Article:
Reading: Agrawal, Bashi, Kelling, Lennon, Missaghi, Morse: May 16, 2014

indexOn Friday, May 16, at 7 p.m. Counterpath hosted a reading by third-year students in DU’s Creative Writing Phd program. Readers include: Kanika Agrawal, Kameron Bashi, Patrick Kelling, Joe Lennon, Poupeh Missaghi, and Jesse Morse. Videos of some of the readings are below (our apologies but the video camera ran out of memory during the reading).

Kanika Agrawal was born on a small island, the name of which, according to an online encyclopedia, means “the Two Seas.” She shares part of her name with an island off the coast of a state of a large country. This island, according to a business publication, was an “apple of discord” between certain bureaucratic entities. Kanika is the citizen of a country that was a larger country before it was divided. According to the website of a department of a private research university, “[w]hether the [division] . . . was wise and whether it was done too soon is still under debate.” Having lived her entire adult life as an alien in a different country, Kanika has long been under the scrutiny of a major government agency that “exercise[s] a holistic approach to Vigilance.” Given these conditions, she writes.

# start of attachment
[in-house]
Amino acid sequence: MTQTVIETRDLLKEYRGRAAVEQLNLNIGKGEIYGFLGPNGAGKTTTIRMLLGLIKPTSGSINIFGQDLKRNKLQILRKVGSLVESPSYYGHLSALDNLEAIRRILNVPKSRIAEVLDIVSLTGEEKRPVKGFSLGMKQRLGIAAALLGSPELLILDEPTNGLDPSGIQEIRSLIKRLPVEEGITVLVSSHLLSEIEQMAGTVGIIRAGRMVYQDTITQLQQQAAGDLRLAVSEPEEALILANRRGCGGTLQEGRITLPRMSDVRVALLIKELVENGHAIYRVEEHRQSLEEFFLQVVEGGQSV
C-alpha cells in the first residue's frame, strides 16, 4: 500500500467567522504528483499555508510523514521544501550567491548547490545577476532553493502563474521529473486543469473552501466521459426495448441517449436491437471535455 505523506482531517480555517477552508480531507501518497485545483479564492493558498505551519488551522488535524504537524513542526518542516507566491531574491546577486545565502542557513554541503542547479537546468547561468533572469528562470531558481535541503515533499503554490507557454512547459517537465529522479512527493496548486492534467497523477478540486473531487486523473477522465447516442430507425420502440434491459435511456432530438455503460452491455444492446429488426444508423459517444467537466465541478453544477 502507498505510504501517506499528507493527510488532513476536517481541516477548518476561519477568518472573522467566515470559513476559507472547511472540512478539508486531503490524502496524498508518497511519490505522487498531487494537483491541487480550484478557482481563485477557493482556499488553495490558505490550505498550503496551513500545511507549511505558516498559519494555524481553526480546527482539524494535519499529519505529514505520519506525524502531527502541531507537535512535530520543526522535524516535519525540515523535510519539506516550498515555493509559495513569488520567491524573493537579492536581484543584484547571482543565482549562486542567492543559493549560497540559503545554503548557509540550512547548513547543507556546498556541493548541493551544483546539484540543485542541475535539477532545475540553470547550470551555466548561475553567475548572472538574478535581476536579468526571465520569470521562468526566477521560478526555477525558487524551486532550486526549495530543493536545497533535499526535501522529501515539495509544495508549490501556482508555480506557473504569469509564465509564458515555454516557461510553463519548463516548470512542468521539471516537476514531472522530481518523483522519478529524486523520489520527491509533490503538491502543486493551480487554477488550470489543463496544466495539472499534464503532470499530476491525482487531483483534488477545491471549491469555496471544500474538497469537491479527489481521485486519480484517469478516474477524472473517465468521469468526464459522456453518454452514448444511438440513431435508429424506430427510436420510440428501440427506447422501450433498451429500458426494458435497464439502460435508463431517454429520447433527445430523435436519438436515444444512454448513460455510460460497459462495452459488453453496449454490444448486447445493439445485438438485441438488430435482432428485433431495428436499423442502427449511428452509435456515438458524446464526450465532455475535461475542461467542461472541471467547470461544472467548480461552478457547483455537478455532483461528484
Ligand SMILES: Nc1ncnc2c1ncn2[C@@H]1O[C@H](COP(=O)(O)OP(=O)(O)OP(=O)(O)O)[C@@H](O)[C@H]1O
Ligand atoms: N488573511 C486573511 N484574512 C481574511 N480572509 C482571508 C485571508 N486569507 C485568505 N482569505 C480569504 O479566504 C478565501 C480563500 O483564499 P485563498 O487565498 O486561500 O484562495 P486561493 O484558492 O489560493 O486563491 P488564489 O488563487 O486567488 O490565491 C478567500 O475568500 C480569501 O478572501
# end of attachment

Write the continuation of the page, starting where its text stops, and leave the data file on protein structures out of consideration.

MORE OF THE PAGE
Kameron Bashi (introduced by Laird Hunt) was born in Oklahamo City, Oklahamo, and grew up in the outskirts of Baltimore, Maryland; Seattle, Washington; Heinsberg, Germany; Washington, D.C.; and Providence, Rhode Island. He continues to grow up in Denver, Colorado.

Patrick Kelling received his MFA from CU. He taught journalism on the Eastern Plains for two years before retreating to San Diego where he worked as a starving freelance writer for a year. He is a doctoral student in the Creative Writing program at the University of Denver and is the fiction editor for the literature magazine Gambling the Aisle. His work has recently been published in Spitoon, Sundog Lit, and A Capella Zoo. He has been nominated for a Pushcart Prize and to Best New American Voices.

Joe Lennon was born in Freeport, Illinois, and has moved around a lot since then. He lives in Denver now.

Poupeh Missaghi: English is her second language but her first for storytelling. She writes both fiction and nonfiction and works as a literary Persian < > English translator. Her writing has appeared (under a pen name) in World Literature Today, Guernica, The Quarterly Conversation, The Barcelona Review, Short Fiction Magazine, The Baltimore Review, and elsewhere.

Jesse Morse is the father of Wren, the lover of Jen, the companion of Hank, the writer of songs, the pursuer of poems, and the player of games. He is finishing up his PhD at the University of Denver.